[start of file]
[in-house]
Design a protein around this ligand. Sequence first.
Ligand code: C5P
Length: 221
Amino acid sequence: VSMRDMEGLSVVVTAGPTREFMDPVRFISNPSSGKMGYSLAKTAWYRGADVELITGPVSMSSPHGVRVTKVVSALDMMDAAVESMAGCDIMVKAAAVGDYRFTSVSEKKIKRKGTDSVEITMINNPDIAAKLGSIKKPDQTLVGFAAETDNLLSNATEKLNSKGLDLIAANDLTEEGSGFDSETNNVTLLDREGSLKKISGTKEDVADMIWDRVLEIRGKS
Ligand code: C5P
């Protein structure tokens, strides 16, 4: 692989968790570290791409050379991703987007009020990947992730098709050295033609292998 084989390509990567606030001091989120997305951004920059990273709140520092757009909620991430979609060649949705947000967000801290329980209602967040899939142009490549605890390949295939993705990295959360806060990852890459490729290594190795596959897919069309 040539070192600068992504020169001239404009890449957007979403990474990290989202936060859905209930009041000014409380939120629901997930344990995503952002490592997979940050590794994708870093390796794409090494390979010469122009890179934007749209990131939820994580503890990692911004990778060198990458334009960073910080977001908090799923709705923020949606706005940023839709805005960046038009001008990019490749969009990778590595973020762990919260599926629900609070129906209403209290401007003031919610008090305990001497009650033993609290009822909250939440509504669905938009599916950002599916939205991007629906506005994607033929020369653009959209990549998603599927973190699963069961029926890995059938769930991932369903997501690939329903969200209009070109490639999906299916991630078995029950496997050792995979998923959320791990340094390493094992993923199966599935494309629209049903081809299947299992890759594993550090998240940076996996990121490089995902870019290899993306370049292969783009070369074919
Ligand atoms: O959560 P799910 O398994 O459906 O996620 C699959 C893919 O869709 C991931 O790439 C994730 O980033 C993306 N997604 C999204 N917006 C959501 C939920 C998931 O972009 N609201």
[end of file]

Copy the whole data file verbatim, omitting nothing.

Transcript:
[in-house]
Design a protein around this ligand. Sequence first.
Ligand code: C5P
Length: 221
Amino acid sequence: VSMRDMEGLSVVVTAGPTREFMDPVRFISNPSSGKMGYSLAKTAWYRGADVELITGPVSMSSPHGVRVTKVVSALDMMDAAVESMAGCDIMVKAAAVGDYRFTSVSEKKIKRKGTDSVEITMINNPDIAAKLGSIKKPDQTLVGFAAETDNLLSNATEKLNSKGLDLIAANDLTEEGSGFDSETNNVTLLDREGSLKKISGTKEDVADMIWDRVLEIRGKS
Ligand code: C5P
């Protein structure tokens, strides 16, 4: 692989968790570290791409050379991703987007009020990947992730098709050295033609292998 084989390509990567606030001091989120997305951004920059990273709140520092757009909620991430979609060649949705947000967000801290329980209602967040899939142009490549605890390949295939993705990295959360806060990852890459490729290594190795596959897919069309 040539070192600068992504020169001239404009890449957007979403990474990290989202936060859905209930009041000014409380939120629901997930344990995503952002490592997979940050590794994708870093390796794409090494390979010469122009890179934007749209990131939820994580503890990692911004990778060198990458334009960073910080977001908090799923709705923020949606706005940023839709805005960046038009001008990019490749969009990778590595973020762990919260599926629900609070129906209403209290401007003031919610008090305990001497009650033993609290009822909250939440509504669905938009599916950002599916939205991007629906506005994607033929020369653009959209990549998603599927973190699963069961029926890995059938769930991932369903997501690939329903969200209009070109490639999906299916991630078995029950496997050792995979998923959320791990340094390493094992993923199966599935494309629209049903081809299947299992890759594993550090998240940076996996990121490089995902870019290899993306370049292969783009070369074919
Ligand atoms: O959560 P799910 O398994 O459906 O996620 C699959 C893919 O869709 C991931 O790439 C994730 O980033 C993306 N997604 C999204 N917006 C959501 C939920 C998931 O972009 N609201």